Daniel Powell 1:30 p.m., Nov. 19
Delivering in the moment: Joshua White Quintet
With special guest trumpeter Hugh Ragin, White's music took transformative turns.
The July 11 performance of the Joshua White Quintet at Dizzy's exceeded expectations by almost every metric one could imagine. For nearly two hours, music of the highest nature cascaded from the bandstand into the brainwaves of the listener in a way that transfixed me -- so much so, that even the suffering of a particularly painful toothache became a moot point.
Opening with a 30 minute medley -- White introduced his own composition, "Doorway," with contemplative musings that grew in agitation as trumpeter Hugh Ragin phased one long tone through cycles of classical purity to growling dissension that leapt into UHF screeches as bassist Dave Robaire, drummer Dan Schnelle and saxophonist Gavin Templeton voiced individual contributions to a five-way conversation-- then suddenly, it was Robaire alone, pulling thick deliberate textures in a solo that transitioned into Andrew Hill's "Tough Love," featuring a spooky left-hand / bass-clarinet ostinato that Ragin pounced on with tart smears, wild yelps and notes high enough to shatter glass. Shifting between elliptical ideas and violent splaying of keys, White explored blurring gradients before Templeton surfaced with honeyed tones that acquired a searing intensity. A brief Schnelle vignette served as both orchestral pallete-cleansing and the connective tissue into Grachan Moncur's "Frankenstein," that began as a lyric duo between piano and bass, until the reverie was enhanced by shimmering cymbals and rimshot clicks. White and Ragin crafted melodic gems and Templeton charted a new course with a slashing velocity.
A quiet drum interlude set up Schnelle's original, "Second Orbit," a pensive ballad in the ECM vein with a Wayne Shorter-esque melody beautifully intoned by Ragin and Templeton, yielding to Robaire, who creates excitement through the exactitude of his note selection and singing tone. White can be breathtakingly lyrical, and he was all in on this one.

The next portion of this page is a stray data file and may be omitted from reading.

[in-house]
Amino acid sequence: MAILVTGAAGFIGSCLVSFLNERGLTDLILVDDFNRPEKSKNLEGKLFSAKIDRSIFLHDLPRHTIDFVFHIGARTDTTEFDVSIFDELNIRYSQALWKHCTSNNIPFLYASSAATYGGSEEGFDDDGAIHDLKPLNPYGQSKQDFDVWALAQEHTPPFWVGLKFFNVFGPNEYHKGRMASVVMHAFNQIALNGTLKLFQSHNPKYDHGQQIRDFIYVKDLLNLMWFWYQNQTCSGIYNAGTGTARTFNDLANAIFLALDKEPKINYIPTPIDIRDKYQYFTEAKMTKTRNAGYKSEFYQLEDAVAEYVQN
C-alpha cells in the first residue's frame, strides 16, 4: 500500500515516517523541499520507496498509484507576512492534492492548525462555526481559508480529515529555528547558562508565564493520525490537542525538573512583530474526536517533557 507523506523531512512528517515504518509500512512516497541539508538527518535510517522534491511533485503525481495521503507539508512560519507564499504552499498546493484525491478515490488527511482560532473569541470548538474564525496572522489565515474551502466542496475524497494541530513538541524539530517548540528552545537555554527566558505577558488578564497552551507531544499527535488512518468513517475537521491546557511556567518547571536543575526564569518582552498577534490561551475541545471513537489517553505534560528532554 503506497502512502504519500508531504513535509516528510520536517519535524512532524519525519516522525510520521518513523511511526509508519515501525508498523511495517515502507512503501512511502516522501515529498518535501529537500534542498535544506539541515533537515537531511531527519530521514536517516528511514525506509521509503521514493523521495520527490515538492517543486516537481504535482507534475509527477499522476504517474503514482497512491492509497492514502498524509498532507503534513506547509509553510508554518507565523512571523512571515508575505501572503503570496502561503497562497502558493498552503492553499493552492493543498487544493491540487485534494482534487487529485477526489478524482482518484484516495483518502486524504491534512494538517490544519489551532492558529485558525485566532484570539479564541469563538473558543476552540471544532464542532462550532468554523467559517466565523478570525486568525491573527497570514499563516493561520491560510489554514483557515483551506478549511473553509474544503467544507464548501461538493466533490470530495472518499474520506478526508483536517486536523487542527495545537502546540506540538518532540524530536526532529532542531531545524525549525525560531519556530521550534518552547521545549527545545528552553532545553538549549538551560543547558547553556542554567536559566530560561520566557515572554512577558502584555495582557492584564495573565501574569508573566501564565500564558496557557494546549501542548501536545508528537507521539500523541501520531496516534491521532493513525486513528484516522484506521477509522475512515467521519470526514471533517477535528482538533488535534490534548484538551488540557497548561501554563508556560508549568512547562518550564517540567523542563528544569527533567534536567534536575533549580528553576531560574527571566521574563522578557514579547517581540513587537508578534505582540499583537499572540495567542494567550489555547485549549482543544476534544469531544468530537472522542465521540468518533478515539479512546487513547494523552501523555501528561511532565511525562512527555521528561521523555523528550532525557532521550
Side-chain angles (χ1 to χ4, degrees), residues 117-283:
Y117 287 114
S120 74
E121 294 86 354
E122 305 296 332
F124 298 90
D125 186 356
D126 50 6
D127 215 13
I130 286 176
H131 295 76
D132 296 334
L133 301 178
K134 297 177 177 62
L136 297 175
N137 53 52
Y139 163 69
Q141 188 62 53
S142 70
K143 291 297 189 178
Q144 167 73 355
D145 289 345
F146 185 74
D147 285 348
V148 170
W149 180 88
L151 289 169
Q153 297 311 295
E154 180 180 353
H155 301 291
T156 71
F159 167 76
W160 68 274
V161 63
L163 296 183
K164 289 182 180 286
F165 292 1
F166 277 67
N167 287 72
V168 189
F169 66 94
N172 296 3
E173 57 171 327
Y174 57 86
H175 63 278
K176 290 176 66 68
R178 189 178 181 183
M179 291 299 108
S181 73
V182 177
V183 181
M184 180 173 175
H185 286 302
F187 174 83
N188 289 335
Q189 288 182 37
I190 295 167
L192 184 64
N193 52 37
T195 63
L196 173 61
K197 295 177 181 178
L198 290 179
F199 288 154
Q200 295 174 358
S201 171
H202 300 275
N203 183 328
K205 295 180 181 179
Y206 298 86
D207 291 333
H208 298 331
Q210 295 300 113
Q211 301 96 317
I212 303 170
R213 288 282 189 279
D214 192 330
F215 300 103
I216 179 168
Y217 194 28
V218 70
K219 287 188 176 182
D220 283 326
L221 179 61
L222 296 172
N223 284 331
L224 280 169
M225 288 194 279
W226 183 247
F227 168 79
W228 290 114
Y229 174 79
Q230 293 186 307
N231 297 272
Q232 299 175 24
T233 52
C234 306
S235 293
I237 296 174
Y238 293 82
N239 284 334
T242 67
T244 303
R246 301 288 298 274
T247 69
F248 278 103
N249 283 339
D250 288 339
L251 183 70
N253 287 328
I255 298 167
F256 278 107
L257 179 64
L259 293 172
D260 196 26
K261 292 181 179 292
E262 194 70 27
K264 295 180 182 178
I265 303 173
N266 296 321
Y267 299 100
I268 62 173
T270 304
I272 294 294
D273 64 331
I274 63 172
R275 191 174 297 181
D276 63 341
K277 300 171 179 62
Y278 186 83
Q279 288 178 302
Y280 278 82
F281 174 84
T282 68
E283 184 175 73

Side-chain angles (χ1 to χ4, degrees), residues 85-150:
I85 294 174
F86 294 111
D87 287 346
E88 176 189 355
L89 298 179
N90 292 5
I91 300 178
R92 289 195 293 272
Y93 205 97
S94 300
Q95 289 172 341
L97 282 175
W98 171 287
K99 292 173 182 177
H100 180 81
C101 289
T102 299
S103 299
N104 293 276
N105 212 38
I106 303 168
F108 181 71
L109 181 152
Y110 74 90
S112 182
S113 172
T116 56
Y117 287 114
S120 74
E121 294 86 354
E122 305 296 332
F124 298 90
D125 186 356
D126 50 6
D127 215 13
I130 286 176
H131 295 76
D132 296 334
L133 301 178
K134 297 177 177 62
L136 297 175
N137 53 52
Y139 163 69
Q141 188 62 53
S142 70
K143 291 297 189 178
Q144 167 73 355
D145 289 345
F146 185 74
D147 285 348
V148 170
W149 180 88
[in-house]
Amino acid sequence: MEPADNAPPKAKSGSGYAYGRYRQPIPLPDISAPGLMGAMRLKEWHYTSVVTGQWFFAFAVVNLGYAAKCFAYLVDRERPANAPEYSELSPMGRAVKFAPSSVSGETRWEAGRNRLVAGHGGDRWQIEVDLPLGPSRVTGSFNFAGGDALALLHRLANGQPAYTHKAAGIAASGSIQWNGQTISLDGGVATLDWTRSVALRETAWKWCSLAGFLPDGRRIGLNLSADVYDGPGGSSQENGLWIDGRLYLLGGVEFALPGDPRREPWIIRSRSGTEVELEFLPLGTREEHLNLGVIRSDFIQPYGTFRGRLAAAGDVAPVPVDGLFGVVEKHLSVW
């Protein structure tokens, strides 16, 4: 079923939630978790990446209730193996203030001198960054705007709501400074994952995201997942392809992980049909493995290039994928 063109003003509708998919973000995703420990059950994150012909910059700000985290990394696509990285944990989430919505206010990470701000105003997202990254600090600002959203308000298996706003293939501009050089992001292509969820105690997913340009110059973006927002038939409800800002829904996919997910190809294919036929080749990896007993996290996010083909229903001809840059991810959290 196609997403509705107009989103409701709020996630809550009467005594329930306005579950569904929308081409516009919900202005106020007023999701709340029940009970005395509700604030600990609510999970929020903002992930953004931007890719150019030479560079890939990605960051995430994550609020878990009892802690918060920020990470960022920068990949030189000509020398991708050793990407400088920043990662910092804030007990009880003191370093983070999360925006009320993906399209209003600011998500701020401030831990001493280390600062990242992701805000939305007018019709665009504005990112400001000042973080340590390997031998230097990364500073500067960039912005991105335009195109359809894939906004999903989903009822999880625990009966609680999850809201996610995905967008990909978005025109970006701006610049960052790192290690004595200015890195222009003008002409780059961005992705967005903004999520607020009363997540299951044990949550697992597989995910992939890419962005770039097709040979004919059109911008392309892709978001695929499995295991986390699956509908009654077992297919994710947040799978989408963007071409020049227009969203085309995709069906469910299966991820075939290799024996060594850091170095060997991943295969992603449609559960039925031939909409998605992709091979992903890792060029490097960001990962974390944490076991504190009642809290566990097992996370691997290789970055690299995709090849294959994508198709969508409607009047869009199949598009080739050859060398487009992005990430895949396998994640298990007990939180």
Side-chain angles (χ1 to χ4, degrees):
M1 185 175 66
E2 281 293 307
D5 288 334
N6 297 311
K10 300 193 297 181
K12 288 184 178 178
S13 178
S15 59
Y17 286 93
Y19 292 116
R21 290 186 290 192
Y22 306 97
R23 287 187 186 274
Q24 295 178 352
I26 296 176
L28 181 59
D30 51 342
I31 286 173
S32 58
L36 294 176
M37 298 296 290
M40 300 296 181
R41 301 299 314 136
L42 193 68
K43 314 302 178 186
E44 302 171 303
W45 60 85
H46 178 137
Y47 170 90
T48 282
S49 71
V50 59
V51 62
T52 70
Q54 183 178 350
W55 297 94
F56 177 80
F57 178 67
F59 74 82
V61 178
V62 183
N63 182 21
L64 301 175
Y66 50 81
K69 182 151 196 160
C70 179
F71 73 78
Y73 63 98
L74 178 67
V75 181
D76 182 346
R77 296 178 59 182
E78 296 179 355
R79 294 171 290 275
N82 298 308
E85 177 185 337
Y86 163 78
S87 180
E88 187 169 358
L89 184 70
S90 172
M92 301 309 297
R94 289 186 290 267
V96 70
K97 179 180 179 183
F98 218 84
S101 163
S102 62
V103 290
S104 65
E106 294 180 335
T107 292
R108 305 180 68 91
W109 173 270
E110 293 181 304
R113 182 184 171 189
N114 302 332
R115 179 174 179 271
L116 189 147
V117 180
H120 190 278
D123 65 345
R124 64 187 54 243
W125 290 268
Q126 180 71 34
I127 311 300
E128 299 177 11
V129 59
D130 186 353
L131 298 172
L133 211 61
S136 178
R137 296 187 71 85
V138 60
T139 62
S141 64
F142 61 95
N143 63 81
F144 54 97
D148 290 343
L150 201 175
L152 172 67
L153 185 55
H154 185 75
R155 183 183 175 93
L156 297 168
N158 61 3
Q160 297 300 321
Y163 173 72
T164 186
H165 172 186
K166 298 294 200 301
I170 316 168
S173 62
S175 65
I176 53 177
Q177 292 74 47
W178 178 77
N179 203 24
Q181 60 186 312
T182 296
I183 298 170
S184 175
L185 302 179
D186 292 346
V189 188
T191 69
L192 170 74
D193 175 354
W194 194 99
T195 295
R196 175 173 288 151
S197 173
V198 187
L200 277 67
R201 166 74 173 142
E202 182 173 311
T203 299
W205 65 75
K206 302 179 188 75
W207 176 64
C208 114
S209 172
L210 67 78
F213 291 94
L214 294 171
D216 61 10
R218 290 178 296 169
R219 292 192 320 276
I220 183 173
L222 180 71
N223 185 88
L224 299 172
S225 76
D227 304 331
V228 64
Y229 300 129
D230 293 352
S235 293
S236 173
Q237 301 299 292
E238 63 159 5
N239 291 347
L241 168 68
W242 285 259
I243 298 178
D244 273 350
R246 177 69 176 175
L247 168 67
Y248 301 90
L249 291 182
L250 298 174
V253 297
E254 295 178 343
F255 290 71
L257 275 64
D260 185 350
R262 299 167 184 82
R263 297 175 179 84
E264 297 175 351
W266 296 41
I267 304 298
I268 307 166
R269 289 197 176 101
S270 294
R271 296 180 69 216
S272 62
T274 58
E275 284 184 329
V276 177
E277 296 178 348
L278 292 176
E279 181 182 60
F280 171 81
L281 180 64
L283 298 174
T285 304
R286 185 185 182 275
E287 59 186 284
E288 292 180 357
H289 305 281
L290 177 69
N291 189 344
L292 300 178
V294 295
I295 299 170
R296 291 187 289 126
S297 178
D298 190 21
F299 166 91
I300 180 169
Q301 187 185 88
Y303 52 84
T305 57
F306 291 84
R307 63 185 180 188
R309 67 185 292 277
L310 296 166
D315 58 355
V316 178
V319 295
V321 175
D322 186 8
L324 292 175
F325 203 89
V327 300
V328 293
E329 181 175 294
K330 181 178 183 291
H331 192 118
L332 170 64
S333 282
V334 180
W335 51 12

A raw, Elvin Jones type groove introduced Templeton's "Asterperious Special," joined by a bass line reminiscent of Willie Dixon's "Spoonful," trumpet and alto combined on a head that suggested a marriage of Vinny Golia with Art Blakey. Building slowly with deference to space, Templeton ratcheted up the excitement quotient with dervish lines and significant explosive contributions from Schnelle. Ragin changed directions most dramatically -- everyone else receded as he dropped into a pianissimo with whispered tones that you just knew were going to lead into a change of focus -- it was the mastery with which he led the listener to that change that was so amazing: piercing clarion calls, dizzying trills, smears and multiphonics wrapped into a raw ecstasy that begged for the only possible release -- a graceful recapitulation back to the melody.
In a nod to tradition, Ragin counted off his original blues, "Not A Moment Too Soon," with escape velocity in mind. Soloing like the most committed bebopper Ragin continued for several minutes in that vein before his exposition took on different aesthetics, including warbled trills, distorted gurgling and palm-muted ripples-- White responded with ebullient choruses of swinging blues alliterations refracted through drastic shifts in tempo, harmonic inventions and jack-hammered chords.
As a device to induce a state of grace, White's "Curiosity Landing," could not have been a more appropriate choice. The golden, probing melody showcased a dazzling piano solo followed by Templeton's Ornette-ian cries and Ragin's purring sequences-- all of which allowed the listener the space to transport back into a corporeal state sufficient to negotiate the ride home.
This same band will reconvene at the Museum of Art on July 25. Don't miss out on the opportunity to be transformed by this music.
Photo by Richard White